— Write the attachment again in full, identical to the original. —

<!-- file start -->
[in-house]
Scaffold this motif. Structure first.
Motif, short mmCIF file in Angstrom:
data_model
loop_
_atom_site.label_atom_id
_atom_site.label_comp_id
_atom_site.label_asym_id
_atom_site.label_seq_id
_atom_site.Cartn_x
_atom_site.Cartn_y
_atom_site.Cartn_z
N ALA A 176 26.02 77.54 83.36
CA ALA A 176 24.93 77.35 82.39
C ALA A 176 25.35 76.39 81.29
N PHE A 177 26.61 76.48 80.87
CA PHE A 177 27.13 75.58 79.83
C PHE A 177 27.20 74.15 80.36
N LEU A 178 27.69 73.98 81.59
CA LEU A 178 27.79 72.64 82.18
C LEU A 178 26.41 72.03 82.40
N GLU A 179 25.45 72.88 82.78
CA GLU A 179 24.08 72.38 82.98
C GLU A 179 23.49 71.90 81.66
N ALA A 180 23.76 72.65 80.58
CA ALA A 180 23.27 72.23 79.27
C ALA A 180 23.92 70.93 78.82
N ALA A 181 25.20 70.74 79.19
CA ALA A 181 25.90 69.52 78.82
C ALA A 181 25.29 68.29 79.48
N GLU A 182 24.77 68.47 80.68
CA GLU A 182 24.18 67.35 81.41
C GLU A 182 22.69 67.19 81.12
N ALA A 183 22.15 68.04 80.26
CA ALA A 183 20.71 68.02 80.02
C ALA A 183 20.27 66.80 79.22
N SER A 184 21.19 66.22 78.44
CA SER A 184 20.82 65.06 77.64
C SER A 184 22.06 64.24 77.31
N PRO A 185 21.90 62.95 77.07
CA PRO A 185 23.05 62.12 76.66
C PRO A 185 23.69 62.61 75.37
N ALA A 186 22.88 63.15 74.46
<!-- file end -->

[in-house]
Scaffold this motif. Structure first.
Motif, short mmCIF file in Angstrom:
data_model
loop_
_atom_site.label_atom_id
_atom_site.label_comp_id
_atom_site.label_asym_id
_atom_site.label_seq_id
_atom_site.Cartn_x
_atom_site.Cartn_y
_atom_site.Cartn_z
N ALA A 176 26.02 77.54 83.36
CA ALA A 176 24.93 77.35 82.39
C ALA A 176 25.35 76.39 81.29
N PHE A 177 26.61 76.48 80.87
CA PHE A 177 27.13 75.58 79.83
C PHE A 177 27.20 74.15 80.36
N LEU A 178 27.69 73.98 81.59
CA LEU A 178 27.79 72.64 82.18
C LEU A 178 26.41 72.03 82.40
N GLU A 179 25.45 72.88 82.78
CA GLU A 179 24.08 72.38 82.98
C GLU A 179 23.49 71.90 81.66
N ALA A 180 23.76 72.65 80.58
CA ALA A 180 23.27 72.23 79.27
C ALA A 180 23.92 70.93 78.82
N ALA A 181 25.20 70.74 79.19
CA ALA A 181 25.90 69.52 78.82
C ALA A 181 25.29 68.29 79.48
N GLU A 182 24.77 68.47 80.68
CA GLU A 182 24.18 67.35 81.41
C GLU A 182 22.69 67.19 81.12
N ALA A 183 22.15 68.04 80.26
CA ALA A 183 20.71 68.02 80.02
C ALA A 183 20.27 66.80 79.22
N SER A 184 21.19 66.22 78.44
CA SER A 184 20.82 65.06 77.64
C SER A 184 22.06 64.24 77.31
N PRO A 185 21.90 62.95 77.07
CA PRO A 185 23.05 62.12 76.66
C PRO A 185 23.69 62.61 75.37
N ALA A 186 22.88 63.15 74.46